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Re: comments re draft version 2.0

From: David Carlisle <davidc@nag.co.uk>
Date: Tue, 11 Apr 2000 23:04:49 +0100 (BST)
Message-Id: <200004112204.XAA16226@nag.co.uk>
To: hutch@psfc.mit.edu
CC: www-math@w3.org

> There is no such thing as TeX syntax for Content
why ever not?

A tex package could fairly easily be written that had exactly the
constructs of content mathml, but in more traditional tex syntax.
\apply{\sin \ci{x}}
for instace, being a syntax I just made up, but which is clearly
transformable to and from
<apply><sin/> <ci>x</ci></apply>
with no loss of information.

> , except in so far as TeX-the-programming-language could
> masochistically be used to express it  

It's fairly easy to get tex-the-program to read arbitrary xml, for
example my xmltex system which is a fairly complete xml 1.0 + XML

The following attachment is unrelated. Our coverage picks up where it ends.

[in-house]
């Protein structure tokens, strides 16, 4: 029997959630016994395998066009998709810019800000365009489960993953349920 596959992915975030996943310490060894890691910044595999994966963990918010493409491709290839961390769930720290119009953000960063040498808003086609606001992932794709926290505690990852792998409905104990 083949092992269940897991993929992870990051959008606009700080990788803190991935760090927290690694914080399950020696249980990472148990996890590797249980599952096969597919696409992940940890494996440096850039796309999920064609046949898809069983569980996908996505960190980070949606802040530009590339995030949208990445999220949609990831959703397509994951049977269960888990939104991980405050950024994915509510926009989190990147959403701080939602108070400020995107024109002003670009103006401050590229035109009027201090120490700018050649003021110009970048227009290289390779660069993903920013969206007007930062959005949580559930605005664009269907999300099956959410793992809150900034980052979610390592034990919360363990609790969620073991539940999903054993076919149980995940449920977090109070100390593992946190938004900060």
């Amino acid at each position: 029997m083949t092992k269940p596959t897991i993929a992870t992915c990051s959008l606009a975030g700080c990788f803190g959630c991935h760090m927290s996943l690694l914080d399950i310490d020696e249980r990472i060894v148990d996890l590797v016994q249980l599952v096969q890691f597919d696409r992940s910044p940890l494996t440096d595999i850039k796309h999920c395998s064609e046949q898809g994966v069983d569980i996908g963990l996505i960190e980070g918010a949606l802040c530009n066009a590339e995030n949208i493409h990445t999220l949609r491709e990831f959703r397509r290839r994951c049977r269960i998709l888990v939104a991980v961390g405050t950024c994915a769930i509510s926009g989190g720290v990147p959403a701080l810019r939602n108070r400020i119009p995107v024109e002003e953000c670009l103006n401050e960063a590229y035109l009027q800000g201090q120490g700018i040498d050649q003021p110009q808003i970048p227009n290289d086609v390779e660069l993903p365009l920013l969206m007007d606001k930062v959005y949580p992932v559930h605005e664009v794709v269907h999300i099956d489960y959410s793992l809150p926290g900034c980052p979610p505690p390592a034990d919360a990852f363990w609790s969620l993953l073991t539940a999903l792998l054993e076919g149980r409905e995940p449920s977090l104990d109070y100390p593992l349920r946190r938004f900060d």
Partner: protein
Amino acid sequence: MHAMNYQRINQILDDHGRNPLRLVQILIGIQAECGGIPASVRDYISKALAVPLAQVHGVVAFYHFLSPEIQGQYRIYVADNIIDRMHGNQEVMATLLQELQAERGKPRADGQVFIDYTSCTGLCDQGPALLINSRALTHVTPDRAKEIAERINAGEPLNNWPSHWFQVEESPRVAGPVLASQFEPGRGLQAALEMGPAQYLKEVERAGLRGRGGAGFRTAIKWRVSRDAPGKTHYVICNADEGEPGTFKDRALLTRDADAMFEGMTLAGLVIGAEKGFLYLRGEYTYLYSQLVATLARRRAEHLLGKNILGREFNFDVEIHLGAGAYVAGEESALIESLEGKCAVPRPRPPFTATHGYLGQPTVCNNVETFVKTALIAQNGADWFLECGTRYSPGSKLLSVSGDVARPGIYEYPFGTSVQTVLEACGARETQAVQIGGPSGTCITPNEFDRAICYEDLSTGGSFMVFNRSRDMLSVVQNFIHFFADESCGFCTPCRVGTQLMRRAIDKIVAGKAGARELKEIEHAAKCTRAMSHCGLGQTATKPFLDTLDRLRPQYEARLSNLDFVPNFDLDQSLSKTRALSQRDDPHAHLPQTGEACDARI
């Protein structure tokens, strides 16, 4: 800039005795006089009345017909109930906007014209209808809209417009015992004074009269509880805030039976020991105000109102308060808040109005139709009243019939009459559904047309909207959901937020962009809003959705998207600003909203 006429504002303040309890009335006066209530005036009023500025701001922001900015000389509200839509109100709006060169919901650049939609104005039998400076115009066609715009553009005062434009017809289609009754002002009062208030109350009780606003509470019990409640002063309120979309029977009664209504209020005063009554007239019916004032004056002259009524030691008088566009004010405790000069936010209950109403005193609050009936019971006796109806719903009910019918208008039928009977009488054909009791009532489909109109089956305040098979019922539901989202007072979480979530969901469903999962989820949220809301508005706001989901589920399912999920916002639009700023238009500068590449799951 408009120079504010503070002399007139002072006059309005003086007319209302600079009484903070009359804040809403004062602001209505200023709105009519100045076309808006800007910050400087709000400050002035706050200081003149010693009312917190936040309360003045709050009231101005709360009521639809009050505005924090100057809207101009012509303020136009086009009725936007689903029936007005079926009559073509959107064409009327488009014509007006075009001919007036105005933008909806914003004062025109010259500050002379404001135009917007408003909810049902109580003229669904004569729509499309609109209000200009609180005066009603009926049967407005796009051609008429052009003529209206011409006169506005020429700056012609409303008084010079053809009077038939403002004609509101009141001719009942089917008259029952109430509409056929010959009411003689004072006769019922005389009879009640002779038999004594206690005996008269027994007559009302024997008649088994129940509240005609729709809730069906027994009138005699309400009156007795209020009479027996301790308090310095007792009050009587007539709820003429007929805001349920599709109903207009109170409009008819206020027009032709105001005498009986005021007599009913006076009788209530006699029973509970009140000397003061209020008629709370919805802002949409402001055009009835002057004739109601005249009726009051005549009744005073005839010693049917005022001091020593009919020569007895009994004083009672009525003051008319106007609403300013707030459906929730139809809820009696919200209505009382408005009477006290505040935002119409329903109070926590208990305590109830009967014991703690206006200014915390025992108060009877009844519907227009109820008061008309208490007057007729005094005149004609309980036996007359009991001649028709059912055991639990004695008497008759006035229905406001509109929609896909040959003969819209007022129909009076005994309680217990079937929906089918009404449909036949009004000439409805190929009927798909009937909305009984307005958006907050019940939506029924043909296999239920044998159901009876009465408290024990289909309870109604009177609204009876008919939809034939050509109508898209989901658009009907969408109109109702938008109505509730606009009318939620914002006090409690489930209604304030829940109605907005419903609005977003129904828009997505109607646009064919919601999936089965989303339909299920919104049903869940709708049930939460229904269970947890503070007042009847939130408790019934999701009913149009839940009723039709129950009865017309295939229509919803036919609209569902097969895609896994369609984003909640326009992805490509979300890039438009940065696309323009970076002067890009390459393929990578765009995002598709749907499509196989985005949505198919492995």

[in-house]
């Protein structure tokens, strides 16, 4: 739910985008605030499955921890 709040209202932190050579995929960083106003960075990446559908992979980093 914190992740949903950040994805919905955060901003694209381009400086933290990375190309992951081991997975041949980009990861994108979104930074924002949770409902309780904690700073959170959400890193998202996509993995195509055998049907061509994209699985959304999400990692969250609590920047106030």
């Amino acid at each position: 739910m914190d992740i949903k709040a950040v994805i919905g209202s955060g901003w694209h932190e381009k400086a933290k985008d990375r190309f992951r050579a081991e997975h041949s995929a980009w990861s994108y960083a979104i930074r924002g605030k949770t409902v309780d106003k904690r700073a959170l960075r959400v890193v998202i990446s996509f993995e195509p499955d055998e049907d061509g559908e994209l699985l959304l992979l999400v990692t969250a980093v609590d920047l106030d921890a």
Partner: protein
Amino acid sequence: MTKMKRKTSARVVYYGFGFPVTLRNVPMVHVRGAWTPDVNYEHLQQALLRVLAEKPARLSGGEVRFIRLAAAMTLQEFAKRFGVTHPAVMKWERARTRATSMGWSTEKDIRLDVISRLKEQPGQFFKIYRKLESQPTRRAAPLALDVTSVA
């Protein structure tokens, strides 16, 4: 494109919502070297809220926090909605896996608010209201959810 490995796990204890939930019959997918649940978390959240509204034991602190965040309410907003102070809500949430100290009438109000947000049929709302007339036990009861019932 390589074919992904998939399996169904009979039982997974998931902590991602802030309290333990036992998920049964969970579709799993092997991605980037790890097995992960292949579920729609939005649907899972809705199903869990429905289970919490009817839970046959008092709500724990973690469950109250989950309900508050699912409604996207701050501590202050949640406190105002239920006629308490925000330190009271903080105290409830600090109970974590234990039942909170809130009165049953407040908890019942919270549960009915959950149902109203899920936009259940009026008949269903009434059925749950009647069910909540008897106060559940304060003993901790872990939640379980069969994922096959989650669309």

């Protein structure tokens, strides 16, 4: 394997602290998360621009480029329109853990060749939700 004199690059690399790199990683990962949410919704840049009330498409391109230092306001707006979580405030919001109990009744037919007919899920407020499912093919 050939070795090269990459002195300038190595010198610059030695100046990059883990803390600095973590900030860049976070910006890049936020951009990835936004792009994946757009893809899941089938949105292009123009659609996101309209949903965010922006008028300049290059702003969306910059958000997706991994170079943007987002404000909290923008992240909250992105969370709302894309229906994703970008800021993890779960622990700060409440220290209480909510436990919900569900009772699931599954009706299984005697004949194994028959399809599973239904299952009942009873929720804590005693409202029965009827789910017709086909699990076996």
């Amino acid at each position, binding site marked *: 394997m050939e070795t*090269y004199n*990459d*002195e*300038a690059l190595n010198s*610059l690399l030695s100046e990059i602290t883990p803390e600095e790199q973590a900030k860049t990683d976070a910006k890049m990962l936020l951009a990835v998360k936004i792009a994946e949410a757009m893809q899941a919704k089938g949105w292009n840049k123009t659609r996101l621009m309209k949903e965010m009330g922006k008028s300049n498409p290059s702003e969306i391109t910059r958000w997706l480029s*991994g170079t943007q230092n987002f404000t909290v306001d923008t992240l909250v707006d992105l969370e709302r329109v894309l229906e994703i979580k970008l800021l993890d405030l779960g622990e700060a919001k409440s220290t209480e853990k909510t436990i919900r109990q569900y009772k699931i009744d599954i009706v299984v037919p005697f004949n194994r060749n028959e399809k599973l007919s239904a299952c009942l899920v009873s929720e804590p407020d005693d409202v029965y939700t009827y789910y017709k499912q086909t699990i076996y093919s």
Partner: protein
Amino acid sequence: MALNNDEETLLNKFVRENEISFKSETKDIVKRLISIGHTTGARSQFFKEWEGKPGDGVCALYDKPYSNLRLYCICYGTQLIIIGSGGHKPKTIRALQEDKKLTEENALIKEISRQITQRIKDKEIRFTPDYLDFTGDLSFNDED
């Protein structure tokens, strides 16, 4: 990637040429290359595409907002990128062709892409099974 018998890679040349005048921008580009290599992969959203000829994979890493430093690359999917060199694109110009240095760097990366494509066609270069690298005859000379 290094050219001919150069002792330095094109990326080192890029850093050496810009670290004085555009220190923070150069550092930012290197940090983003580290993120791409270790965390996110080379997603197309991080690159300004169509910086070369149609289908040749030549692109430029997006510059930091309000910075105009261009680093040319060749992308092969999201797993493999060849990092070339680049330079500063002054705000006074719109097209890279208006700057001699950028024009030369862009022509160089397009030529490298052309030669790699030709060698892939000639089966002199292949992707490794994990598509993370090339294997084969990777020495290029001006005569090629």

namespace parser is written in tex and typesets a growing subset of
mathml, XSL FO, docbook and TEI flavours of XML.

> TeX-the-markup-language is a Presentation representation.
> TeX to Presentation translation is a solved problem (e.g. TtM).

There are several systems do do tex to mathml, I've still had more
success with tex4ht than anything else and given arbitrary tex macro
markup a system like tex4ht which uses tex to do the macro expansion
will always have the edge over a system trying to parse tex with
an external parser, I fear. I don't think any of the systems are
sufficiently reliable that the problem could be classed as completely
solved so far, unless things have changed a lot recently? However
I agree that this side of things is almost there and tools will
soon be available to do reliable batch conversions of  legacy documents.


> TeX to Content translation, I submit, is an exercise in futility, for the
> simple reason that there is no unique translation from Presentation to

> Content. The semantics aren't defined.  

If the TeX macro package is specifically designed to encode the
semantics of Content MathML, then the exercise is not at all futile.
This is, as I commented in my message that you quoted, a distinct
activity from converting legacy documents.


David
Received on Tuesday, 11 April 2000 18:05:23 GMT

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